The Challenge to Implement Ownerless Contracts Working With Any Type Script

If an ownerless contract wants to work with any type script, the only viable option is to implement it as a lock script. This is possible because an ownerless contract does not require the lock script to represent ownership rights.

Implementing an app via a lock script in CKB presents a challenge - if the lock script is only present in the output, it will not be executed.

Consider the following transaction as an example. It is essential for the lock script L2 to guarantee the uniqueness of its args for any cell locked by L2. Since L2 will not be executed, there are two obvious solutions: either we include the validation logic in L1 or T.

- lock: L1
  type: T
- lock: L2 args
  type: T
  • Adding validation to T contracts with the goal to work with any type script. It’s possible for some type scripts such as XUDT which allows inject custom logic via extensions.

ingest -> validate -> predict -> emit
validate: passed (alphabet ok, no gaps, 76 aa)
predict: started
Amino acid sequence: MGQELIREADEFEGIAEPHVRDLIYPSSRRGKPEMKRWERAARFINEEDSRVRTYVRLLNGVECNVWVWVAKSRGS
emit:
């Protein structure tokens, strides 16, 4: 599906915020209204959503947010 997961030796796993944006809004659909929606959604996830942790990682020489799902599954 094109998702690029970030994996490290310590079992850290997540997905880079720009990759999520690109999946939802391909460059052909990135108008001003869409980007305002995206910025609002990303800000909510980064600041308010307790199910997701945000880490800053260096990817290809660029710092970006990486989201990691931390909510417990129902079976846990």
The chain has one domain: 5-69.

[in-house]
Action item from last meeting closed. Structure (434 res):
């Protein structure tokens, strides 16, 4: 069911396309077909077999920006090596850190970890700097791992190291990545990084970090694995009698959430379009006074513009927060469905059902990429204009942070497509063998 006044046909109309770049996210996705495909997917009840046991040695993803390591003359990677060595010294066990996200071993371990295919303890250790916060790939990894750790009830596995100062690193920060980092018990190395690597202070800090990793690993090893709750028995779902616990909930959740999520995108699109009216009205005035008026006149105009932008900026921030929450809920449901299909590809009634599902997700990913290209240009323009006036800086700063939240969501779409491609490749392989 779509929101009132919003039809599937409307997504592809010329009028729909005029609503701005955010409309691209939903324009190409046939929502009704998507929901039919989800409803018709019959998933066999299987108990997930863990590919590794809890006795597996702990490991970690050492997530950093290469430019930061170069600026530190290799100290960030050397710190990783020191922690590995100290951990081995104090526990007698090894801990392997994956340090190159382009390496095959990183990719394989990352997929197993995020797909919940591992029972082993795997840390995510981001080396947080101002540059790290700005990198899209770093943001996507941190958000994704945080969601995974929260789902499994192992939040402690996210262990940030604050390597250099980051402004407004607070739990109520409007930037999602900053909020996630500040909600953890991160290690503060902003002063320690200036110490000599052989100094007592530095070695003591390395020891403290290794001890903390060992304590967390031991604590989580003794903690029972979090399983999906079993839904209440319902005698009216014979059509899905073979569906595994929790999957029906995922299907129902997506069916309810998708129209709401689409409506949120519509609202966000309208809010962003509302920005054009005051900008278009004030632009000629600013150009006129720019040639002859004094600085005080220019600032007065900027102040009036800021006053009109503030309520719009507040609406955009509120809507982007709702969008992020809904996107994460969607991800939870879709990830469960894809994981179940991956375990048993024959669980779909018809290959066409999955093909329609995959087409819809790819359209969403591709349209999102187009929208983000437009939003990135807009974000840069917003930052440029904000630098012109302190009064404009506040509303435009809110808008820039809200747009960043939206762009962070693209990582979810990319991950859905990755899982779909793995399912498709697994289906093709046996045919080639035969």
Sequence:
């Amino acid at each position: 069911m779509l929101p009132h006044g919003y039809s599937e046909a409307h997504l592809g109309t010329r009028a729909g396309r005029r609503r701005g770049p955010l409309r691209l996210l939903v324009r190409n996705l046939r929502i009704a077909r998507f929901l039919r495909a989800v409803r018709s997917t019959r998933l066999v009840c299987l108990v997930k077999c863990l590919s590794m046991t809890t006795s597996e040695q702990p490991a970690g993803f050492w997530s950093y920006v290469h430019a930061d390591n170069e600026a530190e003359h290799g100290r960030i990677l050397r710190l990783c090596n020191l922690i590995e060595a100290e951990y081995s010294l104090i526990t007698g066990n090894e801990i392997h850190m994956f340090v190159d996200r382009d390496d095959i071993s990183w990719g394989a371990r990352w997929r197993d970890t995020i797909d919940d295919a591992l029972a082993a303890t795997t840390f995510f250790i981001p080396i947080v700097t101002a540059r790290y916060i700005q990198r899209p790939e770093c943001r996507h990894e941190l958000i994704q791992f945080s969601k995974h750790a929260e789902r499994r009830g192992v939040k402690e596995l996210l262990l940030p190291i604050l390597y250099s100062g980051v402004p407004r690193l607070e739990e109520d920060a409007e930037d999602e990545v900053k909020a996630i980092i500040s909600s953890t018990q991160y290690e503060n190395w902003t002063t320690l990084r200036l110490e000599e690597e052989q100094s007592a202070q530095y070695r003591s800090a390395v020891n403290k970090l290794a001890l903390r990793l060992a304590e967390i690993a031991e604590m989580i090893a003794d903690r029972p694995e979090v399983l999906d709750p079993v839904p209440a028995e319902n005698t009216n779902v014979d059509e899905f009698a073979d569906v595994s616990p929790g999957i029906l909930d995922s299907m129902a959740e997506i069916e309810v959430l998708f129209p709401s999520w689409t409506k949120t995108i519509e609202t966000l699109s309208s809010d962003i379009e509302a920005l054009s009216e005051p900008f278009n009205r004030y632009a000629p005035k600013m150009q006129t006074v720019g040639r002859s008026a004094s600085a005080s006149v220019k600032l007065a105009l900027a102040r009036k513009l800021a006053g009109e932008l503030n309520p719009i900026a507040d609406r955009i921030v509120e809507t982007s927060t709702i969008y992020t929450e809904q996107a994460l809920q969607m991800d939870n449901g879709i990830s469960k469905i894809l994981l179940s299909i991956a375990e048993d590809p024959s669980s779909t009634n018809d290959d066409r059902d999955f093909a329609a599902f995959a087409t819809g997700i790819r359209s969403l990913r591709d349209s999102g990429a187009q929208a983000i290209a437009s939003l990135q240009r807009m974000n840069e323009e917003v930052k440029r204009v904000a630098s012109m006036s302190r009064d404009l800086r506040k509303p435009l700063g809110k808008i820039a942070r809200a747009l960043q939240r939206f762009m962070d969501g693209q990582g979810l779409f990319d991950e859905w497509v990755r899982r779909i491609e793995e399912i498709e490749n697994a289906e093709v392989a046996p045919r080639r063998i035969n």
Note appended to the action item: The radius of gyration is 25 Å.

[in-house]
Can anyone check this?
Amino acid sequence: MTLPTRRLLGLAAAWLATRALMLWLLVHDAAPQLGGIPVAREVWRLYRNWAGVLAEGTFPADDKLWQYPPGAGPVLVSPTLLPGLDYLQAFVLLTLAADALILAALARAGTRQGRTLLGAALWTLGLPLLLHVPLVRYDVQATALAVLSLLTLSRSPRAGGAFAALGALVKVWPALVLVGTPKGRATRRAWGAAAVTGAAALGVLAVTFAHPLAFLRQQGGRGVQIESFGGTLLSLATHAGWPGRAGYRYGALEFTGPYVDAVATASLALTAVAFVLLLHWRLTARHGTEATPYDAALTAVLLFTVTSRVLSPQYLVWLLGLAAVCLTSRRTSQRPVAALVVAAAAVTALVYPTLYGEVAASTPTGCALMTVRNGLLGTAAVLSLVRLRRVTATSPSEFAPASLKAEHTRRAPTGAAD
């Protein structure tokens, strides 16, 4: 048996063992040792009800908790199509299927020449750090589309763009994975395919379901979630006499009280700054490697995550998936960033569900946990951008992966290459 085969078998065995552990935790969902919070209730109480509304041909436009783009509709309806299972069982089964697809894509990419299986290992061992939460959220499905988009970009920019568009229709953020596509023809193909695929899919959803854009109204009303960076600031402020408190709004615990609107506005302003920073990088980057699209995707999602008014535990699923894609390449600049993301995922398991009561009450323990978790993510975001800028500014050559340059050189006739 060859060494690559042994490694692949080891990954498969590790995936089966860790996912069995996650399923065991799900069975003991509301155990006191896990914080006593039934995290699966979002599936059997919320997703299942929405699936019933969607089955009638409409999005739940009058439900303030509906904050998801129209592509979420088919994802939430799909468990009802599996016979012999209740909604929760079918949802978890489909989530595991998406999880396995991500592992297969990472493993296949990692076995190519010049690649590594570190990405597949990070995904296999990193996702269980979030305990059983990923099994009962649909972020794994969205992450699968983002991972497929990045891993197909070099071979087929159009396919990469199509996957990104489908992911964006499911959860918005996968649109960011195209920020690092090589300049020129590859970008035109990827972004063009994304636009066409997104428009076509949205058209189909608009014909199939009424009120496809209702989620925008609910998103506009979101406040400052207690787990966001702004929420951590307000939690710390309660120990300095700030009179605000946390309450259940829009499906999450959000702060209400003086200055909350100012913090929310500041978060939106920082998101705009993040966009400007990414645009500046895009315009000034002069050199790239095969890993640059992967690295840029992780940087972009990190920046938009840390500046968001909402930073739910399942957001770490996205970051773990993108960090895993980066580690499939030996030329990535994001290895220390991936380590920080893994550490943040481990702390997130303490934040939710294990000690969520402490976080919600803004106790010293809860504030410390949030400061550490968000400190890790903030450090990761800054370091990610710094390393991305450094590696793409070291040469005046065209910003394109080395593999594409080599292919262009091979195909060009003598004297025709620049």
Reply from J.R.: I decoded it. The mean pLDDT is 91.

• In order to add validation to L1, the use of any lock script for asset T is prohibited. For the same reason, I propose a solution outlined in the post 1-on-1 Binding Between Bitcoin UTXO and CKB SUDT Cell. This solution involves requiring a wrapper lock script to facilitate the transfer of assets from BTC to CKB.

A clever workaround is available to address this issue. We can delay the validation until we are going to unlock L2. The lock script L2 mandates the inclusion of the previous CKB transaction as a witness to verify the presence of L2 locked cells in the inputs of that transaction. The drawback of this workaround is the overhead it adds to the transaction size.

The last option is to add a feature that enforces running lock scripts, either through soft or hard fork. For instance, the script can set a flag in the script code elf structure.